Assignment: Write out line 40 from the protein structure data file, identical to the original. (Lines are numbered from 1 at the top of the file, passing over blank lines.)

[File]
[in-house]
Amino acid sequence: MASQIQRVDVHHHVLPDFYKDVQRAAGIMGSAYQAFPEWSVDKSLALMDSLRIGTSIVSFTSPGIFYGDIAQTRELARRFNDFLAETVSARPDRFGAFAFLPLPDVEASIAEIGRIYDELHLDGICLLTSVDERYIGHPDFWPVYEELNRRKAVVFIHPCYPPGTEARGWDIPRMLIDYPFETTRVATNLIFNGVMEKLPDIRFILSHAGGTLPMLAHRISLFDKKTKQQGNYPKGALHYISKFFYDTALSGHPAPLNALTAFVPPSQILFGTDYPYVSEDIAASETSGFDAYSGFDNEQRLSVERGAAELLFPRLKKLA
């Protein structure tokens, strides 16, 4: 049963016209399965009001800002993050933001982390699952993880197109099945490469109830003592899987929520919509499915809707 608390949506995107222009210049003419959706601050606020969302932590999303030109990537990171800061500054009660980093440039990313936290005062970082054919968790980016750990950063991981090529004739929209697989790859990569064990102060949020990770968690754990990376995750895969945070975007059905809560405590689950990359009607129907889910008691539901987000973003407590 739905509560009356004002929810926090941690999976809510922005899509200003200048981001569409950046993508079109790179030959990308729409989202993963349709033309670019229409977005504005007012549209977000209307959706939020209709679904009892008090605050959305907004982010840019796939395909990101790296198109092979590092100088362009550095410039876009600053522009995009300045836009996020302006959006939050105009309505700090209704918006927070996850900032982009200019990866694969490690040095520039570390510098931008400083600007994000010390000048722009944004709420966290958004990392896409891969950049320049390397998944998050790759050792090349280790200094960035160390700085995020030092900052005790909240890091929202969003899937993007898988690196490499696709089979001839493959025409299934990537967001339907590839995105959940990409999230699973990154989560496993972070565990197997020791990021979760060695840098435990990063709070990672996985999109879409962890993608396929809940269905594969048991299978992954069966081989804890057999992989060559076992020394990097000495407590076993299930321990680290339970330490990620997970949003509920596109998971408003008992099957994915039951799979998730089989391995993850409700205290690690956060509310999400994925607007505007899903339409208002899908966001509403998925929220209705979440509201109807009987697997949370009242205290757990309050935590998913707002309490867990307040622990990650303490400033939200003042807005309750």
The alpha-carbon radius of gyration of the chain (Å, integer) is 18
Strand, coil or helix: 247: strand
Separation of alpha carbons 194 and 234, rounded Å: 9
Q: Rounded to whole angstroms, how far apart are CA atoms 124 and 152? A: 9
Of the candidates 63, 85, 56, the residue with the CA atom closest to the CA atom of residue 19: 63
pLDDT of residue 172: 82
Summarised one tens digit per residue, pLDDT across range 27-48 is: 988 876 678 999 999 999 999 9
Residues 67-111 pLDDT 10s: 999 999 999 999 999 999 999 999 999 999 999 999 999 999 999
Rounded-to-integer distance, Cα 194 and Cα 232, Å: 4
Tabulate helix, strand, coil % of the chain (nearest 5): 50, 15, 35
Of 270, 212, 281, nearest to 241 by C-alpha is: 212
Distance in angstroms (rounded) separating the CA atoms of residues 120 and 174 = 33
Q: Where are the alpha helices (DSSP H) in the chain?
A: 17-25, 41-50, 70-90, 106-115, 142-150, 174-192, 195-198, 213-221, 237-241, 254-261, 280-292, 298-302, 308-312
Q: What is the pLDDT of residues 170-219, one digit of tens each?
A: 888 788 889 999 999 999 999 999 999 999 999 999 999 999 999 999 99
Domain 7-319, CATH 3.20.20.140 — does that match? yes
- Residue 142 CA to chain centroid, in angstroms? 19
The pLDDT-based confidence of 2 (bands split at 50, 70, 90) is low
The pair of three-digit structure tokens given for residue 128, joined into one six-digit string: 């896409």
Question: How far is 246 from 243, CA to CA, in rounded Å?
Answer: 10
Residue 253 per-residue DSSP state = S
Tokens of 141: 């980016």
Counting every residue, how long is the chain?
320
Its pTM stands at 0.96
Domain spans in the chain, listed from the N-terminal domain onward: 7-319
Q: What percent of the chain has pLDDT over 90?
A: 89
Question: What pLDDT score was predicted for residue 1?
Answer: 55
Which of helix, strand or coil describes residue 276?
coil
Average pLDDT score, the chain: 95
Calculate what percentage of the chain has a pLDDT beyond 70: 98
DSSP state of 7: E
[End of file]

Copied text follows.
DSSP state of 7: E